This vehicle is aptly named the Mondo Spider. It’s not from some apocalyptic movie, but seen here at Burning Man. Like a lot of Burning Man exhibitions, it was built for the joy of the build and with a rather extreme budget: $15,000. We’ve embedded one of the many videos after the break, as well as a few of the hardware details.
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We’re always a little surprised by how well a vacuum thermos works, but eventually the contents will cool down (or warm up depending on what’s in there). [Gamesh_] added a temperature meter to his thermos using an Arduino and a temperature sensor. The original post is in Portuguese but [Bruno] republished it in English.
The temperature sensor has been repurposed from a digital thermometer meant for taking your temperature. Holes for the LEDs making up the indicator bar were melted in the side of the plastic housing. When the hot liquid is poured out at about 0:45 into the video you can glimpse the Arduino hanging our on the other side of the pot and a power cord running off behind the laptop. It would be nice to see this migrated over to a less powerful chip and run from a small coin cell, but we like the concept.
The end goal of this giant rapid prototyping machine is to print buildings. We’re not holding our breath for a brand new Flintstones-esque abode, but their whimsical suggesting of printed buildings on the moon seems like science fiction with potential. The machine operates similar to a RepRap but instead of plastic parts, it prints stone by binding sand with epoxy. This method is not revolutionary, but hasn’t really been seen in applications larger than a square meter or so. It’s fun to see the things we dabble in heading for industrial production applications.
We don’t remember where we read it, but our favorite criticism of the iPad is that is does the same things a lot of other Apple devices do. So why wait until April to get your hands on that functionality? [Alexbates] built his own iPad clone using existing hardware and software. This started with an MSI wind that he used as a hackintosh. A touchscreen was added to the display, the keyboard removed, and the LCD flipped around. Boom, a tablet running OS X was born. This is different from others because [Alexbates] took the time to alter the UI to look like the iPad. Sure, it doesn’t automatically flip the display when rotated and there’s no pinch-zooming. But it does have more processing power and storage space.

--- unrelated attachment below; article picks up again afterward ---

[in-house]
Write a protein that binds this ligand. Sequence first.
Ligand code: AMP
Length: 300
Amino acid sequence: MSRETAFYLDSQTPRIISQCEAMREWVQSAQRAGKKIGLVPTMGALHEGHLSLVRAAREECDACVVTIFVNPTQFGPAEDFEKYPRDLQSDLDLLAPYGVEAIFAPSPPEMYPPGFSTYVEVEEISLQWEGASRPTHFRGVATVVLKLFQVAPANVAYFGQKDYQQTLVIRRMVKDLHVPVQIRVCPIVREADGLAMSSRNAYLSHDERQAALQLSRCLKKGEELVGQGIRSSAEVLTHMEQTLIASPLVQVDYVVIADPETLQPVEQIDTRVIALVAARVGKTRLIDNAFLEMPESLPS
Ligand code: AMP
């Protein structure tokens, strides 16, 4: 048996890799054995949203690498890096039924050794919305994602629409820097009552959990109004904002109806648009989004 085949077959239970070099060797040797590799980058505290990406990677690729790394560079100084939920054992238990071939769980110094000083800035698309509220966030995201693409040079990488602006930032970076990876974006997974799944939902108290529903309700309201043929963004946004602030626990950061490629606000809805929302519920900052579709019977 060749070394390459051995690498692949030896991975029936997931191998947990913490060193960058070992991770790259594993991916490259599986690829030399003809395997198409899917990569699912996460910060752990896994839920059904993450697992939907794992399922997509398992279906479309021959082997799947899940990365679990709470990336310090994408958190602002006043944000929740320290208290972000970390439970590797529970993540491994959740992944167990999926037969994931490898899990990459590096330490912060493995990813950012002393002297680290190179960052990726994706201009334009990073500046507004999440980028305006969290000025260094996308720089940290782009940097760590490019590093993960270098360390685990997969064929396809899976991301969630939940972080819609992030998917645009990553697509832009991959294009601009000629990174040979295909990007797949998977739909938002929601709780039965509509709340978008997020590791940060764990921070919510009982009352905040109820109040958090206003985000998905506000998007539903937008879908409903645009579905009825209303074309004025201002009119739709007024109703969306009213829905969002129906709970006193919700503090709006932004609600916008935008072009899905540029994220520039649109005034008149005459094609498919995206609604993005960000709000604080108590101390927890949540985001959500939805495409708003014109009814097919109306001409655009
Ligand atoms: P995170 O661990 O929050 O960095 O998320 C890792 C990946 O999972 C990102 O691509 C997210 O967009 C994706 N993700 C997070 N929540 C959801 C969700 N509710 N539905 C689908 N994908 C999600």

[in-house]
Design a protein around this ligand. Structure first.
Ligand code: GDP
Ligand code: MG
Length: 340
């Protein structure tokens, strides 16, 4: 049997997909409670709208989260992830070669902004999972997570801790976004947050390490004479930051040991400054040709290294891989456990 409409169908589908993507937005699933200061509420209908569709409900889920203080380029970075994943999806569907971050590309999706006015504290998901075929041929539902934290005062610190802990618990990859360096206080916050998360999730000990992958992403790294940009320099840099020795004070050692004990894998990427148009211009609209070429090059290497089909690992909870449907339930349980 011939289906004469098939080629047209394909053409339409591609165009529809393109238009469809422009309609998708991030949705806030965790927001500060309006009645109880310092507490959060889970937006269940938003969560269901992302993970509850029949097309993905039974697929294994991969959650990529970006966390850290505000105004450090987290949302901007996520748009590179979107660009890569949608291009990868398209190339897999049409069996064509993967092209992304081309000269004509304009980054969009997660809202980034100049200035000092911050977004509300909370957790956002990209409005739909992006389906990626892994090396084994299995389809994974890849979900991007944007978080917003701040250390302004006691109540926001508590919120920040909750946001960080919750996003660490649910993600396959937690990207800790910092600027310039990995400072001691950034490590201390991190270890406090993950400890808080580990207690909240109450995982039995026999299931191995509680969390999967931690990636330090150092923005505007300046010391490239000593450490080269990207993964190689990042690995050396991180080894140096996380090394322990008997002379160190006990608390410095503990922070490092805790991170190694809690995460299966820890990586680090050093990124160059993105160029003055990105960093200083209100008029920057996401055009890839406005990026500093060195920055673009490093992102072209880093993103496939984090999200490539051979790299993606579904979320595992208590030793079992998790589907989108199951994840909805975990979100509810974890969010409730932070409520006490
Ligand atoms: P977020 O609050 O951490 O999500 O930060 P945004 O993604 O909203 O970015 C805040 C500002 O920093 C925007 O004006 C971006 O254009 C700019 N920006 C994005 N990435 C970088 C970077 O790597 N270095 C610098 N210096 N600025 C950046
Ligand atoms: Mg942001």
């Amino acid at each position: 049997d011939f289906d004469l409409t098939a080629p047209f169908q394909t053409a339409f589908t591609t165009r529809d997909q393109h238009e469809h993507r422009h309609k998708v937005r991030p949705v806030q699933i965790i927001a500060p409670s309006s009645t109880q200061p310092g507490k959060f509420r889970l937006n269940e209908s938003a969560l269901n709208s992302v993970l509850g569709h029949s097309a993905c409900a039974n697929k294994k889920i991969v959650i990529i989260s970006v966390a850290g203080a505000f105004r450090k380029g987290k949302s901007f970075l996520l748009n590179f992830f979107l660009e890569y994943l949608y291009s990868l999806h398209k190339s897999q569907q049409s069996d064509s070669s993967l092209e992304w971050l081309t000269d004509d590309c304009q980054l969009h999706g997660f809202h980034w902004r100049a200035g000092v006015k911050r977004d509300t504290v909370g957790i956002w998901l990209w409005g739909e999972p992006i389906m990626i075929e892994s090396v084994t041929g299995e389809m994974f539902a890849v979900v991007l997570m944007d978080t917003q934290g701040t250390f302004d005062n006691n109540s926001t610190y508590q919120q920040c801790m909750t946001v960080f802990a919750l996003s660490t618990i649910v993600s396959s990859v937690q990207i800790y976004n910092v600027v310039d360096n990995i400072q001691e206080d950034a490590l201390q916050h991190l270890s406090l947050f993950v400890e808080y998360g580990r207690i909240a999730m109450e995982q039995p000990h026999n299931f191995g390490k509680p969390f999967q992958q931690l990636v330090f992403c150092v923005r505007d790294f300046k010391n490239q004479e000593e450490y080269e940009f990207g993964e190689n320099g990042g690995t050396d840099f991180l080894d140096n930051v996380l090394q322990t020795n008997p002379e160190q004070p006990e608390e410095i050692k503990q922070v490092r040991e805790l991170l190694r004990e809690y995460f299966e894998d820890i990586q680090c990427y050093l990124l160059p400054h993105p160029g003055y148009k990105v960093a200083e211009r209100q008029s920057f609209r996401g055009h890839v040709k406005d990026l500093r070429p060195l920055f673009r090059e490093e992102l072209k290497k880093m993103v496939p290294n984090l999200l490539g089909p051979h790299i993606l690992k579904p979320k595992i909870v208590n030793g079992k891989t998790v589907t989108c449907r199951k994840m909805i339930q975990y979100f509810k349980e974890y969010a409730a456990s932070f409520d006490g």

We’re more likely to hack our own like this rather than purchase a device we’re not all that enthusiastic about.
[Thanks Jadon via Engadget]
These plugs are cheap, easy to make, and work well for measuring the moisture content of soil. The Cheap Vegetable Gardener came up with this method in order to add automatic watering to an automated grow system. Plastic tubing is used as a mold for Plaster of Paris. Once the plaster has been poured, two galvanized nails are inserted. These are won’t rust and work as probes, measuring the resistance of the dried plaster (gypsum). When inserted into the soil, the moisture content within the gypsum will fluctuate along with the soil. As moisture rises, the resistance between the probes falls, which can be monitored by a microcontroller and used to trigger or stop a watering system.
It is basically a nice compact layout for an Atmel Atmega 328 with a wireless module. Fully compatible with the Arduino IDE. The JeeNode is available in kit form, but also all schematics and CAD files are available to download. It looks like they are mainly using it for home monitoring and control. So far we’ve seen them put a temp sensor, power metering, and IR LED modules on their flickr set.